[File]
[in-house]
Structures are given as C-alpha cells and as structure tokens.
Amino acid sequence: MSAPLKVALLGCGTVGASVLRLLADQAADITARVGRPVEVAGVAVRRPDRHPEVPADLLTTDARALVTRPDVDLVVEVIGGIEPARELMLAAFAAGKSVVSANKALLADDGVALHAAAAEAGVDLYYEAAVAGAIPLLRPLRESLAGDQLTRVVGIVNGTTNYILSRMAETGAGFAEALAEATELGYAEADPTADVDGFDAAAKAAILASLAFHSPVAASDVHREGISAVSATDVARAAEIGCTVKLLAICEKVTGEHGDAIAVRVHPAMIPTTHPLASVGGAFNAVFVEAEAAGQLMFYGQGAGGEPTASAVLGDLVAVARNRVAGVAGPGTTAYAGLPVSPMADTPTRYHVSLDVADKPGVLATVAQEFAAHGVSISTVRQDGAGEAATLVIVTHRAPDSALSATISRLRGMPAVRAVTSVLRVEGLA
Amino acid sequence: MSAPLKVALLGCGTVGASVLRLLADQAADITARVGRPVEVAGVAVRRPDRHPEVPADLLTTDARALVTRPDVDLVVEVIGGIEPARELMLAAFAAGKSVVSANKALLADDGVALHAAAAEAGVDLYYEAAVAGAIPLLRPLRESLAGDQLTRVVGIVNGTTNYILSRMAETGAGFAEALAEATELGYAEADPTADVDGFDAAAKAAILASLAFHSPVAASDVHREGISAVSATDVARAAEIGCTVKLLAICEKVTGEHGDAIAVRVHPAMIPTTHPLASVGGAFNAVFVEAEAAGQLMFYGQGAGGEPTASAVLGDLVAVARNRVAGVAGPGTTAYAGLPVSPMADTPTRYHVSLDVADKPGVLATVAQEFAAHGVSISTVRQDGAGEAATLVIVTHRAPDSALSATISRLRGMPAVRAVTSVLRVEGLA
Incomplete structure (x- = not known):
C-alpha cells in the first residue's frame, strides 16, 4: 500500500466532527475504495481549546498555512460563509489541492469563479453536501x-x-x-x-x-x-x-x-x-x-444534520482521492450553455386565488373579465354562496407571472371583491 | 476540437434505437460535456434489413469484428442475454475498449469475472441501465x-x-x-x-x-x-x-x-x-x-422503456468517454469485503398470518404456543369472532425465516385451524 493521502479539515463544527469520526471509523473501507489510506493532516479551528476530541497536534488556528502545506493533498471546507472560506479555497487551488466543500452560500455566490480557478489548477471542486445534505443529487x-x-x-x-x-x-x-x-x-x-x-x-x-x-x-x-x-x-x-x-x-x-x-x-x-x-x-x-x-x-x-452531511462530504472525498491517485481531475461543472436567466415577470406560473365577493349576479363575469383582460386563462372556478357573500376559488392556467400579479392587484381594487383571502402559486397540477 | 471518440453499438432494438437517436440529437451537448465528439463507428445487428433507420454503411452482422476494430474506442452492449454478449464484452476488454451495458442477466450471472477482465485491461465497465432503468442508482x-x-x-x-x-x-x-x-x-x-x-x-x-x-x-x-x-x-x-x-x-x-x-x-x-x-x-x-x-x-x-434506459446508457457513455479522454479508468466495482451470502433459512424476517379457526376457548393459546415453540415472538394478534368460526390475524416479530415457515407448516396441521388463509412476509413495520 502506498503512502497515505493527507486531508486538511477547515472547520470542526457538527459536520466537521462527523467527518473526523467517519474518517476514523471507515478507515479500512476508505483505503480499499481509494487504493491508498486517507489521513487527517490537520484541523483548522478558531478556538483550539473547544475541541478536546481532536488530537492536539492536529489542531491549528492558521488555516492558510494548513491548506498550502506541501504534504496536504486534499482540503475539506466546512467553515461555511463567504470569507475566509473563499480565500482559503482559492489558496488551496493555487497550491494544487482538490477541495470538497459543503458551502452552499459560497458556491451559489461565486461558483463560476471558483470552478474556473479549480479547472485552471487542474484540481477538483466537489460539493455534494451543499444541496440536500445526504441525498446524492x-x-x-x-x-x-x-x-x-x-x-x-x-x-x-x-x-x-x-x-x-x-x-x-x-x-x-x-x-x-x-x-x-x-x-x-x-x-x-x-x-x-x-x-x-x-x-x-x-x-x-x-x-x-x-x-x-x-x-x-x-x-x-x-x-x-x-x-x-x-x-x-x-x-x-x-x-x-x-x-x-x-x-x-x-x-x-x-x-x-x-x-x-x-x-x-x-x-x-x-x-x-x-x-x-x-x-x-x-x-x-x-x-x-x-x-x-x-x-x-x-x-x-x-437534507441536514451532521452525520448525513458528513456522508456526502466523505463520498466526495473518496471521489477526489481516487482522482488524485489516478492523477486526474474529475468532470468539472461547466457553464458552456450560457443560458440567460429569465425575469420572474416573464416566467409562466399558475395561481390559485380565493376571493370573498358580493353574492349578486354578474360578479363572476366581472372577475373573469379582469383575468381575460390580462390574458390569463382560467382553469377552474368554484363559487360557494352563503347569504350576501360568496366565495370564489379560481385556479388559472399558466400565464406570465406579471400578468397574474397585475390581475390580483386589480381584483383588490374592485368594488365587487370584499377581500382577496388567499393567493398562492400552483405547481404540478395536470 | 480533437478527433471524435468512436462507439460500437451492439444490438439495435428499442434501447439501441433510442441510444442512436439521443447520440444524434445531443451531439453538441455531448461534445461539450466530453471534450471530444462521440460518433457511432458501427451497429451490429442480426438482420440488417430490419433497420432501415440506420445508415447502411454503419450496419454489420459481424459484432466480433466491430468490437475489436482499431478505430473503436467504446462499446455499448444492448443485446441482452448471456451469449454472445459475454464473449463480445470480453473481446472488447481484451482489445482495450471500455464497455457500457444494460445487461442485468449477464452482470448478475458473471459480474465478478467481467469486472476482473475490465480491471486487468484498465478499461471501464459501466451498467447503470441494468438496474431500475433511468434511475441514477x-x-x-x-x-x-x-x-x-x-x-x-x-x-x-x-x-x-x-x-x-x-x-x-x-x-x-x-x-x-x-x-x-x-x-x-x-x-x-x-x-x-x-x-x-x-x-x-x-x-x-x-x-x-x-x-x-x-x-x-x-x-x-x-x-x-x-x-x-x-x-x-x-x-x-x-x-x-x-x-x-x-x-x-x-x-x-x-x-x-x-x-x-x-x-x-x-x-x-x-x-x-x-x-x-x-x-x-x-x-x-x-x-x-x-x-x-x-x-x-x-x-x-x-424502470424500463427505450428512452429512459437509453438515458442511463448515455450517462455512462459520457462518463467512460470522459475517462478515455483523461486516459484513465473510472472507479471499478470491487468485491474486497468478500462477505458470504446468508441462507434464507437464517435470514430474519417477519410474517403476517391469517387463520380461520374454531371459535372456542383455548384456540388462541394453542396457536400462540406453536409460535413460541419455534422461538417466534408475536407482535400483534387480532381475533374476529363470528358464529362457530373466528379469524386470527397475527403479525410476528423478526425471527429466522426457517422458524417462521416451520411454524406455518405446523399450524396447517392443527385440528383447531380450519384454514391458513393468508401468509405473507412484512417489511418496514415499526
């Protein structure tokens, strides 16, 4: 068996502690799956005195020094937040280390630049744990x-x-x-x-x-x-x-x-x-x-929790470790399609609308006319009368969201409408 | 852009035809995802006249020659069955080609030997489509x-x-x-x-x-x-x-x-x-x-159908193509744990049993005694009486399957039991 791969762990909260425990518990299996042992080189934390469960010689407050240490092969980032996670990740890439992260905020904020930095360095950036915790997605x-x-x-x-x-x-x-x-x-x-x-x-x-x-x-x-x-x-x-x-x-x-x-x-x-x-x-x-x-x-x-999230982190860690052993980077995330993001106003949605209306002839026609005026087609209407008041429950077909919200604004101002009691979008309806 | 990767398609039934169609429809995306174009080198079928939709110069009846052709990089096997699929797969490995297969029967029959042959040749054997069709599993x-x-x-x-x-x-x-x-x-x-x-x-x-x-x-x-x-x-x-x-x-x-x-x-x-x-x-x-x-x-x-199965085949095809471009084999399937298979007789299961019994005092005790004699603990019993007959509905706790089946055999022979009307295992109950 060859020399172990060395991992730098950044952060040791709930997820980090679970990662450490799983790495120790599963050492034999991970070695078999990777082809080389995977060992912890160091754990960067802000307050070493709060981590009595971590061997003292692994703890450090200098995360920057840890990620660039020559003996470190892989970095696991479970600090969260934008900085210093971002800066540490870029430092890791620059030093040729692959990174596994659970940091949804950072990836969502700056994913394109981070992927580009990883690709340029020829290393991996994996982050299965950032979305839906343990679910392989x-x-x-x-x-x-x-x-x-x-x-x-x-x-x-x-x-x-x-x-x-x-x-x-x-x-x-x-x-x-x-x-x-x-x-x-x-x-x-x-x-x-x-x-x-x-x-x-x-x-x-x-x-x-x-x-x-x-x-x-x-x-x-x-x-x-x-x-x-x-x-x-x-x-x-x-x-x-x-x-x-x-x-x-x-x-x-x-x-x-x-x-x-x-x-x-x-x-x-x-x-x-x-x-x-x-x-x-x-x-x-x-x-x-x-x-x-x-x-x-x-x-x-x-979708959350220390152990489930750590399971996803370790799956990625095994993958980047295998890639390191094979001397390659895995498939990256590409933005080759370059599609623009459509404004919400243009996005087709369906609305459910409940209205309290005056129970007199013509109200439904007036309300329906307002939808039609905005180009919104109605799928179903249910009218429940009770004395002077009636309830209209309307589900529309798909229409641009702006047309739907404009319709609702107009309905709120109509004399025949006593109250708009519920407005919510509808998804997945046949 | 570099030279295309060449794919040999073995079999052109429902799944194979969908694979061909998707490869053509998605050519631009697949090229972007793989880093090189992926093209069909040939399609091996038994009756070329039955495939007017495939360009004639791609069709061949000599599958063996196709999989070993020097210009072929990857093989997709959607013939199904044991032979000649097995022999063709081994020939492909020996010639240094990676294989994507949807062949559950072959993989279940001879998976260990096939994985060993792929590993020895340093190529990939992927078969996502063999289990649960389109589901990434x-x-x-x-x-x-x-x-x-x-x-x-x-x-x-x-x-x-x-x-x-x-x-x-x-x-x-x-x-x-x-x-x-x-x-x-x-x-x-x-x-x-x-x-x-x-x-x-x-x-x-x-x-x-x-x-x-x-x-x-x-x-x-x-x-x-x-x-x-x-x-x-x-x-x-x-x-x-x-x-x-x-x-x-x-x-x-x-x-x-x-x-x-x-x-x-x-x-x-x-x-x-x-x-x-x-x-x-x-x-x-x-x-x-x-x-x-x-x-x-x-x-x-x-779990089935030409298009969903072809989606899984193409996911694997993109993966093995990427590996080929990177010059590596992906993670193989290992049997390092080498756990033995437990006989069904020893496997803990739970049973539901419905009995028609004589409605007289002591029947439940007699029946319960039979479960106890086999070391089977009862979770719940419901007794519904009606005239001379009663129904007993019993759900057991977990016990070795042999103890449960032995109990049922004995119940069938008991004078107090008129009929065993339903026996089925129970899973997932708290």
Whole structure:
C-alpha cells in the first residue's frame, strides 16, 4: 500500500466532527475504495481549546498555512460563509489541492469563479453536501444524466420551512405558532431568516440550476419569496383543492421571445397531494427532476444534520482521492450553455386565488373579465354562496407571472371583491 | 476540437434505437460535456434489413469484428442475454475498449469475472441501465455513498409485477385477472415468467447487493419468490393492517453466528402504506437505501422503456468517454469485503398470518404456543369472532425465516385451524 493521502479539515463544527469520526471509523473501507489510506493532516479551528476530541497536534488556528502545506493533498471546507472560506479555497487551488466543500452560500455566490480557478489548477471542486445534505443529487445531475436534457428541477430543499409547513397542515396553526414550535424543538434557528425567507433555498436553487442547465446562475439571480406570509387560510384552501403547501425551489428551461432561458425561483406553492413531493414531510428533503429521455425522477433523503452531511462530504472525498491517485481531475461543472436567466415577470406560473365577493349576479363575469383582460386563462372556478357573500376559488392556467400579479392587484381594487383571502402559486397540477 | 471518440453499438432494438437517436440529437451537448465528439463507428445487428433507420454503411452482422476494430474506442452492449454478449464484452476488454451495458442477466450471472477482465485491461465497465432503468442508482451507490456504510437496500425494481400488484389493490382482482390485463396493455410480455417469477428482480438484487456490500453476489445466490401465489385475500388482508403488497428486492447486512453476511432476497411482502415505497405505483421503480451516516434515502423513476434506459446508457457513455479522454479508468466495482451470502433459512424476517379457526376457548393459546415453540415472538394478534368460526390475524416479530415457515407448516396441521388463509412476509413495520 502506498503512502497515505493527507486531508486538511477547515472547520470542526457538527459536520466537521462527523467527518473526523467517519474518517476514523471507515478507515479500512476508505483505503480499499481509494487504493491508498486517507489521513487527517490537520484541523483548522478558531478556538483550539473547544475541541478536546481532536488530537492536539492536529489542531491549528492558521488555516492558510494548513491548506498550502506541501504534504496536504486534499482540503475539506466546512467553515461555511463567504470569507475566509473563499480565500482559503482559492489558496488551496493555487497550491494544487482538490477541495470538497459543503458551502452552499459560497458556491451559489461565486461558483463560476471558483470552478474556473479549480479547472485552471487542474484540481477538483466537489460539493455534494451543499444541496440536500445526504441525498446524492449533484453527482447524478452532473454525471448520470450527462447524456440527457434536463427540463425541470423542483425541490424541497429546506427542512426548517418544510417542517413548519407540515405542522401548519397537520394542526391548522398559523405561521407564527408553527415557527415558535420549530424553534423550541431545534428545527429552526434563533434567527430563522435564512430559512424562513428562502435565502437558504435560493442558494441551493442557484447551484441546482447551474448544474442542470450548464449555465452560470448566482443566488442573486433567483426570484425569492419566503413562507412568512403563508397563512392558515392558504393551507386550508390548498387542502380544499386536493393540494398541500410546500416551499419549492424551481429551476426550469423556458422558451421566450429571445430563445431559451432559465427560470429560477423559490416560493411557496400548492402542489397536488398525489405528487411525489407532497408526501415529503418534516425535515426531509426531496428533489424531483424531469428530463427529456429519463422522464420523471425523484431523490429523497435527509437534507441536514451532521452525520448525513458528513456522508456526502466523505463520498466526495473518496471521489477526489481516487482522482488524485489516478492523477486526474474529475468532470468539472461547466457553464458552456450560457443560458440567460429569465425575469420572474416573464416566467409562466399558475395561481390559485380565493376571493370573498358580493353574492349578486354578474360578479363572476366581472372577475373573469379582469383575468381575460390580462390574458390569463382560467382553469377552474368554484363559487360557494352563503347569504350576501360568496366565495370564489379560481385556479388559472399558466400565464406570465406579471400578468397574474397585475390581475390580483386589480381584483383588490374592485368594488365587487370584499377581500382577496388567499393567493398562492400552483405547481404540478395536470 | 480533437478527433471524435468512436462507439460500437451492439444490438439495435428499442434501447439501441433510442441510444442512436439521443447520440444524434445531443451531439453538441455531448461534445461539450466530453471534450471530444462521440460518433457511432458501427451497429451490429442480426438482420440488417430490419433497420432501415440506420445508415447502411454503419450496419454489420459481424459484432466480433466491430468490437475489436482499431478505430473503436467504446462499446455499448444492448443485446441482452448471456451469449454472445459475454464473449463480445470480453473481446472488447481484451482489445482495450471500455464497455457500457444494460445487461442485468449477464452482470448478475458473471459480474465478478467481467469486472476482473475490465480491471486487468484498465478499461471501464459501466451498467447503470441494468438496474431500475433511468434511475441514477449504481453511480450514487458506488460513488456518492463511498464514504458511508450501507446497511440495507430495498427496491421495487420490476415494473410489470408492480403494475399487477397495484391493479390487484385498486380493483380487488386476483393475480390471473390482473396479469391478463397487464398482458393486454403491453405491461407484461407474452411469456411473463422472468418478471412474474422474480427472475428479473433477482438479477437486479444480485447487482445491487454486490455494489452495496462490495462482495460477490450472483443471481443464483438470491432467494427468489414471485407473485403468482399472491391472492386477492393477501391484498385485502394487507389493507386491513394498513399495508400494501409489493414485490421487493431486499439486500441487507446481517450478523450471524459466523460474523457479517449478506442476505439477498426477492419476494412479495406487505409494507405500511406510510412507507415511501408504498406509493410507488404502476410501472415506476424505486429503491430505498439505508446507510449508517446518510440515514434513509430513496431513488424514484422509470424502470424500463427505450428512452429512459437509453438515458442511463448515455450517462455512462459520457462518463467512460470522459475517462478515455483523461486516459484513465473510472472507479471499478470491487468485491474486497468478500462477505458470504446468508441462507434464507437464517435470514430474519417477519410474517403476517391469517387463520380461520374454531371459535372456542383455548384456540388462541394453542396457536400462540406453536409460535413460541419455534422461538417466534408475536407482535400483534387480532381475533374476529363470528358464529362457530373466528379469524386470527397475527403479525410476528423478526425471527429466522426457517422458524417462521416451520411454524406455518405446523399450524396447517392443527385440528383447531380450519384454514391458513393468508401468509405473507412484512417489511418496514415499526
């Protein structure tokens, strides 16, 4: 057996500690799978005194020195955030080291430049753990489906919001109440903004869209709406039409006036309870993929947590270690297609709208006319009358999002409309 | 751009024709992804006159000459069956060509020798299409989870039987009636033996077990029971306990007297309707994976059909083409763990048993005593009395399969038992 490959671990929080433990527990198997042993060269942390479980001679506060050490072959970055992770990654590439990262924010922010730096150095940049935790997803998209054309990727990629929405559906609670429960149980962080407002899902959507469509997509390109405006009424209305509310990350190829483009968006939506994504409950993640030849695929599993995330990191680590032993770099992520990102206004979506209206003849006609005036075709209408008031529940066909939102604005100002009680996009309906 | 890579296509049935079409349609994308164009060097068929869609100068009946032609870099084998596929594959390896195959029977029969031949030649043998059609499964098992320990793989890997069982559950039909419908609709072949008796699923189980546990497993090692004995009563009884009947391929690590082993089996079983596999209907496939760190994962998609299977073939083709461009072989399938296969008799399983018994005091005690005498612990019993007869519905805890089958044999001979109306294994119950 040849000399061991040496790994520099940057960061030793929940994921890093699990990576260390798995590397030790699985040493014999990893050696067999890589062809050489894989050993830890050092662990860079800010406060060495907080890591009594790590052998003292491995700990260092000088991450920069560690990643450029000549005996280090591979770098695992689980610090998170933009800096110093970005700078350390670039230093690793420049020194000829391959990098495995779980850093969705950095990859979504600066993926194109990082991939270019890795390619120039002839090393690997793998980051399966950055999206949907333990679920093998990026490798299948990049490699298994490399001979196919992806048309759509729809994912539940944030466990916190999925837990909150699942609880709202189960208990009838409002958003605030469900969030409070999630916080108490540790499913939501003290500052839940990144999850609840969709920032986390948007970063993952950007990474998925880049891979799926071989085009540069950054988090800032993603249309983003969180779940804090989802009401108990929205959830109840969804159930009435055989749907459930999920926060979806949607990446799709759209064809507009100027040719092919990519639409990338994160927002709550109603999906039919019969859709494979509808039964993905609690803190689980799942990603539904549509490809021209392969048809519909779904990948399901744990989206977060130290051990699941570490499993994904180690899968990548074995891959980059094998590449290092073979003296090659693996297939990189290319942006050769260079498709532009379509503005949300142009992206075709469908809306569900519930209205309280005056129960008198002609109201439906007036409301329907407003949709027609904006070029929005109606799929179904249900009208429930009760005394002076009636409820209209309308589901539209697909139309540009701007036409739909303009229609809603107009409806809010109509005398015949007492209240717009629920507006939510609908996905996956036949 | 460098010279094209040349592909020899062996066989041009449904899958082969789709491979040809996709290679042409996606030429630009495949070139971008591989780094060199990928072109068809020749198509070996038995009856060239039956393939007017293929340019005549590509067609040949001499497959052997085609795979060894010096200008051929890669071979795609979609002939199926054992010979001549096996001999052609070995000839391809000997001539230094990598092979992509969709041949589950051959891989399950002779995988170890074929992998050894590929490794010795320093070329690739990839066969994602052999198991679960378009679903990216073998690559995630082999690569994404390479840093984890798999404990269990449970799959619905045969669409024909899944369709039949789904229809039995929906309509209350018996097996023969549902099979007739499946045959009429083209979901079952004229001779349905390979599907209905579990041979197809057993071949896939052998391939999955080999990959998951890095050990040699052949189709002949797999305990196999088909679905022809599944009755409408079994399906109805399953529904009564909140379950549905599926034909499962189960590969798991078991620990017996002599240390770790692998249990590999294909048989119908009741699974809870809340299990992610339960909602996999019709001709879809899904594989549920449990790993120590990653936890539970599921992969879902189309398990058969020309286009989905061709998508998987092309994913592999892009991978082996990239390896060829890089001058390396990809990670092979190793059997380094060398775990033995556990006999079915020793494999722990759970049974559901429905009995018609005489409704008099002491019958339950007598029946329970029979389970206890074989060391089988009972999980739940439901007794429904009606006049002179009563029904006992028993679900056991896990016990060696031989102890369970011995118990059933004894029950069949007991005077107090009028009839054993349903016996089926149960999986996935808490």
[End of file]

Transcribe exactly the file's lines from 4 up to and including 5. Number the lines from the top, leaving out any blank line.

Amino acid sequence: MSAPLKVALLGCGTVGASVLRLLADQAADITARVGRPVEVAGVAVRRPDRHPEVPADLLTTDARALVTRPDVDLVVEVIGGIEPARELMLAAFAAGKSVVSANKALLADDGVALHAAAAEAGVDLYYEAAVAGAIPLLRPLRESLAGDQLTRVVGIVNGTTNYILSRMAETGAGFAEALAEATELGYAEADPTADVDGFDAAAKAAILASLAFHSPVAASDVHREGISAVSATDVARAAEIGCTVKLLAICEKVTGEHGDAIAVRVHPAMIPTTHPLASVGGAFNAVFVEAEAAGQLMFYGQGAGGEPTASAVLGDLVAVARNRVAGVAGPGTTAYAGLPVSPMADTPTRYHVSLDVADKPGVLATVAQEFAAHGVSISTVRQDGAGEAATLVIVTHRAPDSALSATISRLRGMPAVRAVTSVLRVEGLA
Incomplete structure (x- = not known):